Jason Holland

Jason Holland

Contributing Editor reporting from London, UK

London-based seafood writer and communications consultant Jason Holland has been a contributing editor to SeafoodSource.com since January 2010. Jason has more than 25 years of experience as a B2B journalist and editor – a career that has taken him all over the world. He believes he found his true professional calling in 2004 when he started documenting the many facets of the international seafood industry and he’s particularly proud of the strong, collaborative relationships he has formed at all stages of the supply chain.

Published on
May 30, 2014

Europe’s new Common Fisheries Policy (CFP) reform package contains a strong focus on aquaculture and reviving a sector that has stagnated for more than 20 years. But while this is the first time that a CFP has recognized the need for such an effort and tools are now in place to aid production increases, the European Commission says it’s down to the EU member states to deliver crucial change.

Currently, European aquaculture output totals 1.3

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Published on
May 16, 2014

With Europe’s wild fisheries finding a much steadier footing, thanks in part to strategies contained within the reformed Common Fisheries Policy (CFP), the European Commission’s attentions are turning toward farmed fish and boosting EU aquaculture production.

The EU’s aquaculture industry produces a fairly diverse range of species with about half its output comprising varieties of shellfish, whereas marine fish such as salmon, seabream

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Published on
May 16, 2014

The new trilateral agreement on mackerel catch-share allocations in the Northeast Atlantic (NEA) has not ended the long-running dispute over how much of the lucrative catch each coastal state should be entitled to, but there’s little doubt that inter-state relations are more harmonious. 

In March, after more than four years of failed negotiations, the European Union (EU), Norway and the Faroe Islands agreed on a five-year catch-share

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Published on
May 2, 2014

It’s fitting that on the eve of the Global Seafood Expo in Brussels, by far the biggest international coming together of the seafood industry, we can confidently draw a line under one of European seafood’s longest running, most bitter disputes — the so-called “mackerel war” in the Northeast Atlantic (NEA).

Iceland’s newly-set mackerel quota of 147,574 metric tons (MT), while unilateral, falls well within the scope of the five-year

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Published on
April 18, 2014

Norway’s Atlantic salmon farming industry continues to enjoy a purple patch thanks to sustained high prices. In 2013, the Scandinavian country’s salmon exports achieved a record value of NOK 39.8 billion (USD 6.7 billion, EUR 4.8 billion), which was 35 percent higher than the previous year. This total was reached with 960,000 metric tons (MT) of products, a drop of 3.5 percent compared with 2012.

Last year, the average price for fresh whole

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Published on
April 18, 2014

Not so long ago — less than two years in fact — tensions were running very high between U.K. and French scallop fishermen due to an increasingly bitter dispute over the rights to catch the valuable mollusks in the Channel. The problem arose because of fundamental differences in the two countries’ fishing restrictions and escalated to the point that after a particularly violent clash the navy had to intervene.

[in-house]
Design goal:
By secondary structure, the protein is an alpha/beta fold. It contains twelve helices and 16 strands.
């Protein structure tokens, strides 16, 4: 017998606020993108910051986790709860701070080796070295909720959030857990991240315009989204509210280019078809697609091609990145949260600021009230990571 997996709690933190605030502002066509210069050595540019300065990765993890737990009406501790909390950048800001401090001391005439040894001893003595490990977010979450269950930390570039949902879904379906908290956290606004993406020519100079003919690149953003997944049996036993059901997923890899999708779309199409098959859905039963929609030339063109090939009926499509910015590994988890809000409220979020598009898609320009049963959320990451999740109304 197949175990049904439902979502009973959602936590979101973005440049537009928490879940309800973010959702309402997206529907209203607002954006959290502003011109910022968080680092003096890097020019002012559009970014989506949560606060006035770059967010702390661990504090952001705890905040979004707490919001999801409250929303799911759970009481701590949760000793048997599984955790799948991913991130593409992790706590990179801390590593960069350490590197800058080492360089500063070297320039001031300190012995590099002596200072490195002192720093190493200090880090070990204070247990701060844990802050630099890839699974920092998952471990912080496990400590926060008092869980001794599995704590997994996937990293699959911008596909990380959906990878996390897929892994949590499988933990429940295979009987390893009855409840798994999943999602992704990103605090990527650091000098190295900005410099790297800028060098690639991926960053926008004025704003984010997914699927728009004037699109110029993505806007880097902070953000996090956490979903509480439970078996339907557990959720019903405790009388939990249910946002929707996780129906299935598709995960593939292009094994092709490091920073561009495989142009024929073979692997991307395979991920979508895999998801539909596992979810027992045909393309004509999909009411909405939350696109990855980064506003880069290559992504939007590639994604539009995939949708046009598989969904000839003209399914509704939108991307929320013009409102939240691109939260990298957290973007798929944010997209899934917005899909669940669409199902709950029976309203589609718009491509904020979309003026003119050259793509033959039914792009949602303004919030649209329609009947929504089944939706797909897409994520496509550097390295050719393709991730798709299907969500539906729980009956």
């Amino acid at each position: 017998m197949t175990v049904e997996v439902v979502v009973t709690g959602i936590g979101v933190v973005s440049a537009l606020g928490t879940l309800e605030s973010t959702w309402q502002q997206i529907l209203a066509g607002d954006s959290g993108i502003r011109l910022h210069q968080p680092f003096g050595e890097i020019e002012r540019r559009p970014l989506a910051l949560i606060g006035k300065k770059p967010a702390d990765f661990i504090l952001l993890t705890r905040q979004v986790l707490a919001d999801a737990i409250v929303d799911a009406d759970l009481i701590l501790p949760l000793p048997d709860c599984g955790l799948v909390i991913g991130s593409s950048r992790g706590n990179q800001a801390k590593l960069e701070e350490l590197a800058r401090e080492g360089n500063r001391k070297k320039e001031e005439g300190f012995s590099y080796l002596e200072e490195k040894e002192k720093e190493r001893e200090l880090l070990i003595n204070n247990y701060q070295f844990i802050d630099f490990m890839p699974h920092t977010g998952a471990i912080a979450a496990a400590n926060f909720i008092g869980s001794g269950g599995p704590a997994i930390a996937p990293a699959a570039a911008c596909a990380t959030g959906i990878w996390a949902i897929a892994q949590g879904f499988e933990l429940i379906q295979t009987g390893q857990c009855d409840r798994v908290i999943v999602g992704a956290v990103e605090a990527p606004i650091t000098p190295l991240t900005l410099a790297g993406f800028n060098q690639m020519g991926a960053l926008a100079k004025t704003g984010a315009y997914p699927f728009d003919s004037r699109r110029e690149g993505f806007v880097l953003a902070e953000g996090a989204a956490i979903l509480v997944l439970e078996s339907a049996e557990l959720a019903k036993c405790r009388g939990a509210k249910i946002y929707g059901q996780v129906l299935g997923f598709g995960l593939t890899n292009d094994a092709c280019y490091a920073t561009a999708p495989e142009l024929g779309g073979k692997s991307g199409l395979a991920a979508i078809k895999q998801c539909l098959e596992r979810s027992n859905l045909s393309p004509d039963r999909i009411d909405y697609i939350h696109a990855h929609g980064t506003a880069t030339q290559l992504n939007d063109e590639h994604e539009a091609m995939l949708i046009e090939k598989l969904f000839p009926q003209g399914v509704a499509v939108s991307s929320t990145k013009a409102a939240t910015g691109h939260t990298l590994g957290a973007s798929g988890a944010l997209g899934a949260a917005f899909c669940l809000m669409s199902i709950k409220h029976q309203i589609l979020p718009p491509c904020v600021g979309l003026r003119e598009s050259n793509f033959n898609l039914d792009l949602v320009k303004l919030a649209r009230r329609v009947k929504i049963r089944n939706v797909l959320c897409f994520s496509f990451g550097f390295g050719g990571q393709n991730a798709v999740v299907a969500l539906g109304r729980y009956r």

The situation has eased

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Published on
April 4, 2014

Norovirus is the most common stomach bug in the United Kingdom, affecting as many as 1 million Brits per year. Unfortunately, thanks to the broader U.K. media it’s a virus that is also heavily and unfairly associated with eating oysters.

In truth, it’s a link that has been taken out of all context: there wasn’t one single proven illness from norovirus or any other virus to do with shellfish in 2012, while last year there were four

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Published on
March 21, 2014

It has been a long time coming but the highly valuable Northeast Atlantic (NEA) mackerel stock is now back on a sustainable footing. Well almost. After close to five years of failed coastal state negotiations, three of the main warring parties — the EU, Norway and the Faroe Islands — have reached a five-year agreement on catch shares. For the time being, though, Iceland remains out in the cold.

On confirming her delight at the

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Published on
March 7, 2014

After almost four years of remonstrating, Hugh Fearnley-Whittingstall’s Fish Fight campaign bowed out with the airing of “Fish Fight: Hugh’s Last Stand,” a one-off documentary that mostly tracked back over some of the battles the campaigning broadcaster-cum-chef has had with various sectors and decision makers in the seafood industry.

Fearnley-Whittingstall says he launched Fish Fight in 2010 “to highlight the massive problems facing

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Published on
February 21, 2014
The dire state of many Mediterranean sea bass (Dicentrarchus labrax) and sea bream (Sparus aurata) producing countries’ economies is testing most producers, but nowhere more so than in Greece.

In production terms, Greece has always been the world’s bass and bream powerhouse. However, a domestic banking system that’s failing to support the country’s aquaculture sector, along with increased competition from rival nations and the resultant
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